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03KUWAIT3555 2003-08-04 13:09:00 CONFIDENTIAL Embassy Kuwait
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					  C O N F I D E N T I A L SECTION 01 OF 02 KUWAIT 003555 



E.O. 12958: DECL: 08/03/2013

Classified By: ADCM John G. Moran for reasons 1.5 (b) and (d)

1. (C) Summary: With Kuwait's population expanding at a rapid
pace, the new GOK says it will finally turn to the private
sector in an effort to bolster its economy. During courtesy
calls last week with many of the new Ministers, the
Ambassador was on more than one occasion treated to the GOK's
latest analysis of its economy, which holds that Kuwait will
face a serious crisis if it does not rapidly expand job
creation in the private sector for the next generation. End


2. (C) During their July 26 meeting, the Ambassador and
Minister of Justice Ahmed Baquer discussed the Kuwaiti
economy. Baquer showed the Ambassador a diagram depicting a
triangle dissected by a horizontal line about 1/3 of the way
down from its tip. He explained that the diagram represented
the current Kuwaiti population, with the portion above the
line representing those Kuwaitis who were already in the
workforce, the portion below the line representing those who
had yet to do so, and the line being the age of majority
(currently 18). Baquer said that the GOK has realized that
it "must create jobs in the private sector" if it wishes to
avoid high unemployment and massive budget deficits in the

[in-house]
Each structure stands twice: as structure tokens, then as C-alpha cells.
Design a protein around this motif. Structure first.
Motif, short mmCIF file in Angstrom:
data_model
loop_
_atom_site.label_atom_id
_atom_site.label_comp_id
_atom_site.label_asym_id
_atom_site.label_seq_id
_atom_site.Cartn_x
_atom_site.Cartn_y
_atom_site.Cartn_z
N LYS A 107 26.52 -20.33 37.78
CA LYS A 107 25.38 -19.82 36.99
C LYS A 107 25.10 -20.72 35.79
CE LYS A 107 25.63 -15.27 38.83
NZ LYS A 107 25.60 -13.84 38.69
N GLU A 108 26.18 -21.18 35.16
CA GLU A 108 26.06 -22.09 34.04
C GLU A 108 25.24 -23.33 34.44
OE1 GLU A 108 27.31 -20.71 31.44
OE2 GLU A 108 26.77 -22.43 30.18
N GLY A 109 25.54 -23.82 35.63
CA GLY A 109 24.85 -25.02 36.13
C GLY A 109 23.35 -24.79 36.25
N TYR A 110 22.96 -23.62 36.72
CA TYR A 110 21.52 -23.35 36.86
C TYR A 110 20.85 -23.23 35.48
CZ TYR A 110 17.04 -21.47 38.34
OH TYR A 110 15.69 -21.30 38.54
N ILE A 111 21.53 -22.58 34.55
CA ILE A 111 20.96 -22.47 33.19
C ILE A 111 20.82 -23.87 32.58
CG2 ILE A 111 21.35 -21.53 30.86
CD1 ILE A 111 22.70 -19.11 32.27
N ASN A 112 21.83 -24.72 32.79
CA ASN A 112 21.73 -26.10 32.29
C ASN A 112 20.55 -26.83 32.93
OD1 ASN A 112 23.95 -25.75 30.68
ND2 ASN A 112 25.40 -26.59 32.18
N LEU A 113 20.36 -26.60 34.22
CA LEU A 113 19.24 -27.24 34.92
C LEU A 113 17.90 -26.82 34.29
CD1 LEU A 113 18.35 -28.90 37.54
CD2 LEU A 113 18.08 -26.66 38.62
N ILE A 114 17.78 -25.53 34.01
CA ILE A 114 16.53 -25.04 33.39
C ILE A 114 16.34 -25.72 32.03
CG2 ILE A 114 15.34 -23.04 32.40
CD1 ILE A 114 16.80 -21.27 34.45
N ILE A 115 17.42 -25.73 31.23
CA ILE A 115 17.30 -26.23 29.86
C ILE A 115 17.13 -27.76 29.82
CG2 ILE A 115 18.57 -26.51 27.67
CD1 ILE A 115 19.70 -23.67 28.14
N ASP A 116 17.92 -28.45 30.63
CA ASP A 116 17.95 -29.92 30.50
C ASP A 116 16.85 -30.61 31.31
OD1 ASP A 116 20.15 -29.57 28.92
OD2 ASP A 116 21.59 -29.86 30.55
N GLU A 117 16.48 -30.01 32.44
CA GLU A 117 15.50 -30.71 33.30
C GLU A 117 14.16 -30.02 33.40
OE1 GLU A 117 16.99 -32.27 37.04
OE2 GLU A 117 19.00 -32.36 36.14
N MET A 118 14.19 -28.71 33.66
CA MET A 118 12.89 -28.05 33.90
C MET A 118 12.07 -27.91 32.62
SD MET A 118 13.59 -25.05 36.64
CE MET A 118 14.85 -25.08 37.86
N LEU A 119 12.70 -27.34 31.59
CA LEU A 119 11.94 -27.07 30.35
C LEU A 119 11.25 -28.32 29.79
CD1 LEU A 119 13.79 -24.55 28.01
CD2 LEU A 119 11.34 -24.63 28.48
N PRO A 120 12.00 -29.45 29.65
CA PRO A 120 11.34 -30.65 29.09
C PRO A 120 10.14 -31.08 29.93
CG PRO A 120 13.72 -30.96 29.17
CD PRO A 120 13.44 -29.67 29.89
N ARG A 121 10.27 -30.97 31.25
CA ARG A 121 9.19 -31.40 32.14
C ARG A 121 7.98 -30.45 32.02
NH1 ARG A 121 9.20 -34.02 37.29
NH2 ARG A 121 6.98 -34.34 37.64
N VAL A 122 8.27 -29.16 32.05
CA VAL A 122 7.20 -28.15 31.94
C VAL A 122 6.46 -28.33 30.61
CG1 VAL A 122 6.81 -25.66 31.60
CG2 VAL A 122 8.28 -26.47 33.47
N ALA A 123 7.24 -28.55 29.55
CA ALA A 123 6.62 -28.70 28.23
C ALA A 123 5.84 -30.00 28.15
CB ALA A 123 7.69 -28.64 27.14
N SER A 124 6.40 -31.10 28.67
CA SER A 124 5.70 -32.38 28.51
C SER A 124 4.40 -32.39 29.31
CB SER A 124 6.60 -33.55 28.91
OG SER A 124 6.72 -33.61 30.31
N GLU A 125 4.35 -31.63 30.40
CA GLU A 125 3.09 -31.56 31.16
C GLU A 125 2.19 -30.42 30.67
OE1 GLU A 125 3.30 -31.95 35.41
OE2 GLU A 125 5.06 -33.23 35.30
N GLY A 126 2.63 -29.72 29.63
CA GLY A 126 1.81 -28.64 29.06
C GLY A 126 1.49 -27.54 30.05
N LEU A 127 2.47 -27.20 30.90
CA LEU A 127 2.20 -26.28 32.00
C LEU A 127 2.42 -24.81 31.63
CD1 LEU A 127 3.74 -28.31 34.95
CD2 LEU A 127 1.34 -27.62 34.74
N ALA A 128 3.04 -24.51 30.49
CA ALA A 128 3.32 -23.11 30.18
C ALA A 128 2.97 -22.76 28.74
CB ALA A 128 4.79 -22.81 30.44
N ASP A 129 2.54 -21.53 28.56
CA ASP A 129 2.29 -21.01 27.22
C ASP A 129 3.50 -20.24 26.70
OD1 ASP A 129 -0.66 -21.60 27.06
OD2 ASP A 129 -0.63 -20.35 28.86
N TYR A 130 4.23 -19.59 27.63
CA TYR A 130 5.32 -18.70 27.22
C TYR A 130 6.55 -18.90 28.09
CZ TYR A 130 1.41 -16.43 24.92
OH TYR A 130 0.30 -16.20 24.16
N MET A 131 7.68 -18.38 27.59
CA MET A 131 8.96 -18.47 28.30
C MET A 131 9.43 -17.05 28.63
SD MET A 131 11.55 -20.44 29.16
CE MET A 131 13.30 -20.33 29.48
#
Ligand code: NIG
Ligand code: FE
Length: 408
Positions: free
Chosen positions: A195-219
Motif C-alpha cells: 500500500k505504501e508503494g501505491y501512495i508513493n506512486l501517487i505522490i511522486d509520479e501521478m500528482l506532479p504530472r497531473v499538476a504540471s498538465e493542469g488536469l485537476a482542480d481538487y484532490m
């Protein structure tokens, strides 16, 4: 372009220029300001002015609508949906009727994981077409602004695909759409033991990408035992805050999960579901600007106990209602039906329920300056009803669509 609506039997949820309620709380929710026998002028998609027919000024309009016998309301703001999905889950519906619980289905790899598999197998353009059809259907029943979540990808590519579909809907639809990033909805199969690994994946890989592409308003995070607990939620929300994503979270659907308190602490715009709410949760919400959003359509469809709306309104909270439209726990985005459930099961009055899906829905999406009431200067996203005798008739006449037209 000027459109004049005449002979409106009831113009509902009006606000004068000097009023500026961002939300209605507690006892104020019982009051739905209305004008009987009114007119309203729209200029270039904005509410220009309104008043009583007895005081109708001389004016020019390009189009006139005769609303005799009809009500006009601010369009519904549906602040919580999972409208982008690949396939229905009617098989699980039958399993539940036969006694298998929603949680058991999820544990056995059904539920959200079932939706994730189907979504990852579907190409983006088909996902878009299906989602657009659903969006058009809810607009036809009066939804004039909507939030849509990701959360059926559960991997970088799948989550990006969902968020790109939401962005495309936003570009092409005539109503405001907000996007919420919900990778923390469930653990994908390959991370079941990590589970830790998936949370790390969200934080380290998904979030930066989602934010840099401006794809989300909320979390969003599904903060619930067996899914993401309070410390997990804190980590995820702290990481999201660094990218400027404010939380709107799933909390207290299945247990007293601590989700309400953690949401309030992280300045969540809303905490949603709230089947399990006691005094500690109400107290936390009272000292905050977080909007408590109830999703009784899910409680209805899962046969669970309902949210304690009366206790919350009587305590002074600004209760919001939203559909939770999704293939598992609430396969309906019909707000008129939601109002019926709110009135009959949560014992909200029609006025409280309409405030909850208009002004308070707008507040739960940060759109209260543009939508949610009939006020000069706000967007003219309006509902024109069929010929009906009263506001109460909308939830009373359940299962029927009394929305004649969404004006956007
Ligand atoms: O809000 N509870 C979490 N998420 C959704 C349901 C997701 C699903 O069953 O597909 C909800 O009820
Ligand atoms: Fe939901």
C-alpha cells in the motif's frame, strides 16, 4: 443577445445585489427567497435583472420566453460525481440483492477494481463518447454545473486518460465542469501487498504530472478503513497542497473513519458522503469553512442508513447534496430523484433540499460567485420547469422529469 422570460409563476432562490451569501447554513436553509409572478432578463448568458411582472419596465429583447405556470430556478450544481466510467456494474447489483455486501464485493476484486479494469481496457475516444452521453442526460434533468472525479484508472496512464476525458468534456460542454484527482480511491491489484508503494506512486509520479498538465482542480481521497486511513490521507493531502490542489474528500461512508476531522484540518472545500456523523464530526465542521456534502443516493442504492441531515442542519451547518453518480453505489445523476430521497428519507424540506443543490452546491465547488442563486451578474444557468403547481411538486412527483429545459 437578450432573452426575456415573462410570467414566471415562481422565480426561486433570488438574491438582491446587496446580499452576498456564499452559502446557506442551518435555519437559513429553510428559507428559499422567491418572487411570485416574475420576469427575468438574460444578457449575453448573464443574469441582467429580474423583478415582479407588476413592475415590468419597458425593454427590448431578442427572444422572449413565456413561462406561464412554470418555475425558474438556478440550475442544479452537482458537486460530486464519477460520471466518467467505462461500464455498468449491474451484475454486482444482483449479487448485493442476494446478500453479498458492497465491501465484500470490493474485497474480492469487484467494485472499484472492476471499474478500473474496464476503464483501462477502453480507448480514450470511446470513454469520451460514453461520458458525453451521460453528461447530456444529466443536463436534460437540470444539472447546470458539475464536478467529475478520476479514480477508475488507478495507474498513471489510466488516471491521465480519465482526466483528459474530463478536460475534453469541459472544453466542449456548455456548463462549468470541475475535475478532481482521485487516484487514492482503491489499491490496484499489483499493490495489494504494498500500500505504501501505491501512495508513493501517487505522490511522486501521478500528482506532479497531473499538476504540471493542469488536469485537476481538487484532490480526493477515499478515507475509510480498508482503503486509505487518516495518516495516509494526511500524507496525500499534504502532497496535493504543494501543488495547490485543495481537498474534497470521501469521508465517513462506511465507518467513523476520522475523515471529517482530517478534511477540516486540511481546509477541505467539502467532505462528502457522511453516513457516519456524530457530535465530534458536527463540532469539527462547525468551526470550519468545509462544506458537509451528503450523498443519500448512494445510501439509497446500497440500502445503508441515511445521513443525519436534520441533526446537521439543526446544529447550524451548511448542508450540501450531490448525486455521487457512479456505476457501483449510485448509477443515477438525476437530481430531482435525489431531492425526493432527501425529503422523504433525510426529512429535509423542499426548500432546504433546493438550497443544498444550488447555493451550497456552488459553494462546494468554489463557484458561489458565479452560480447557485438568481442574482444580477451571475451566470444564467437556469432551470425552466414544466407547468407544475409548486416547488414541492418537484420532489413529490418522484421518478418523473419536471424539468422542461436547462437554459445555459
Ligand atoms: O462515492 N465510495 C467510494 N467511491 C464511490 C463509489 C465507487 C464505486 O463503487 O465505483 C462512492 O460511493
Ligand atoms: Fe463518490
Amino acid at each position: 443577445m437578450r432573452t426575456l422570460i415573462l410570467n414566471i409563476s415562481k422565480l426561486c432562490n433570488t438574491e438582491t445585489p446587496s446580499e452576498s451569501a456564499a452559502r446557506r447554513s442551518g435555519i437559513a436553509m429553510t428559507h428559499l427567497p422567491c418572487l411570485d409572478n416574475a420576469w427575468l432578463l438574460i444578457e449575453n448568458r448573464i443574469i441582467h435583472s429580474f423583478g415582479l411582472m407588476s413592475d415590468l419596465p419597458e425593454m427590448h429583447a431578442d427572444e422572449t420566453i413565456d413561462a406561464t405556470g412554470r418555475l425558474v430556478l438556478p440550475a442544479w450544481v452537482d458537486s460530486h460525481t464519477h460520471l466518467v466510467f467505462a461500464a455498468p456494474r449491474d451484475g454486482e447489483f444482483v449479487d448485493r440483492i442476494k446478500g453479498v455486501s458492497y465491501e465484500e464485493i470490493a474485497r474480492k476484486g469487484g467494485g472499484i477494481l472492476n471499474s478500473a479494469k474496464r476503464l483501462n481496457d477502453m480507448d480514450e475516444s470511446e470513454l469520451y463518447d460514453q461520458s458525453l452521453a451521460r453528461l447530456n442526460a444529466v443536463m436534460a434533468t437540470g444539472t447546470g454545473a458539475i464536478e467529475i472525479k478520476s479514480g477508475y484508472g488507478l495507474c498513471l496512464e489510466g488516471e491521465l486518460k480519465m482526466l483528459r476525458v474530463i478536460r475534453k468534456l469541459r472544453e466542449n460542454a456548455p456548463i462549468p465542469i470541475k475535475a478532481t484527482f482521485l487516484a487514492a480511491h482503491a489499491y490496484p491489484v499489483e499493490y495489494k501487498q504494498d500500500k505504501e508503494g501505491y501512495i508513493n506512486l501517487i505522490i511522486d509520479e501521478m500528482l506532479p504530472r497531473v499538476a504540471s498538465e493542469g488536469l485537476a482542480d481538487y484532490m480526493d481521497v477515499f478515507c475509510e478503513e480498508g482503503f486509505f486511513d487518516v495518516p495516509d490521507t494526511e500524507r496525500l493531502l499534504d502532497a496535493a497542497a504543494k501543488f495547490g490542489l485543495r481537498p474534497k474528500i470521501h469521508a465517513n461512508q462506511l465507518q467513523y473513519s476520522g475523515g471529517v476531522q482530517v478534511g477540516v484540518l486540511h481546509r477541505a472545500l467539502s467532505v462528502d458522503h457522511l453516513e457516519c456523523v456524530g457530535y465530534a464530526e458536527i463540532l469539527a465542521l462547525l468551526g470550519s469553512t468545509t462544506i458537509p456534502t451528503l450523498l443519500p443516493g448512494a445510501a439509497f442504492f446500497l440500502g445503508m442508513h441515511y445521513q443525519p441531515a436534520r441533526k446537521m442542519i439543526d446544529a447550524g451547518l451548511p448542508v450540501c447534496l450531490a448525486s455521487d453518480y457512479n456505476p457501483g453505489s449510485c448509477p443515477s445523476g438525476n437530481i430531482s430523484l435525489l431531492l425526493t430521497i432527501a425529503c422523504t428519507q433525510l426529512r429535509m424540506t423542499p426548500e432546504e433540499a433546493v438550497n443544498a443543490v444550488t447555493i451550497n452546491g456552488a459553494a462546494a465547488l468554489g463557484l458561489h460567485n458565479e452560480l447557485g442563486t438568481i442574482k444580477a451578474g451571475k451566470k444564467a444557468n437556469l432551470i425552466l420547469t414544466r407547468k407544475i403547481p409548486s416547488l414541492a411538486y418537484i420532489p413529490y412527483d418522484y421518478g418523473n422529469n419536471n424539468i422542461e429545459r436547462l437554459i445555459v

near future, as the majority of its population comes of age.
(Comment: 92 - 98% of the current Kuwaiti workforce is
employed by the GOK in some form or another. They enjoy the
benefits of relatively high salaries and very limited work
hours. The constitution guarantees Kuwaiti nationals a job.
Only unexpectedly high oil prices have kept the GOK budget in
the black the past two years. End Comment.) Reinforcing
this, Baquer shared some statistics. He said that where
there had been 1400 high school graduates in all of Kuwait in
1970, there were 14,000 in 2000, a ten-fold increase. He said
there were currently 15,000 Kuwaitis waiting for jobs, while
current government employees were "doing nothing" except
drawing subsidies for housing, using the government's
generous healthcare benefits and drawing retirement pensions.
Finally, he said that the government is predicting it will
have outlays of KD 7 billion for salaries alone in 2017,
whereas the 2002 figure was KD 2 billion. Baquer conceded
the GOK would have a hard time selling any privatization
measures in Kuwait, due to opposition from National Assembly
members. "The MP's are against privatization. They call it
the stealing of Kuwaiti wealth."


3. (C) Although Baquer did not share any specific plans for
reforms by his Ministry, other Ministers did. During their
July 27 meeting, Minister of Public Health, Dr. Mohammed
Ahmad Al-Jarallah shared with the Ambassador his plans to
allow for the development of private hospitals and health
insurance. Jarallah said plans were already in the works to
allow prominent US medical centers (such as the Mayo Clinic)
to develop hospitals and sell private health insurance in
Kuwait. This would serve the large expatriate labor force by
introducing lower health care premiums into the market and
bringing advanced medical technology and care to the country.
The hope is that this would decrease the number of Kuwaitis
who currently seek medical treatment outside Kuwait, most of
them at government expense.


4. (C) Minister of Commerce Abdullah Taweel told the
Ambassador on July 28 that he had given a presentation to the
Council of Ministers on how the GOK could liberalize its
markets and encourage domestic investment. The presentation
was well-received, and the GOK decided it would work to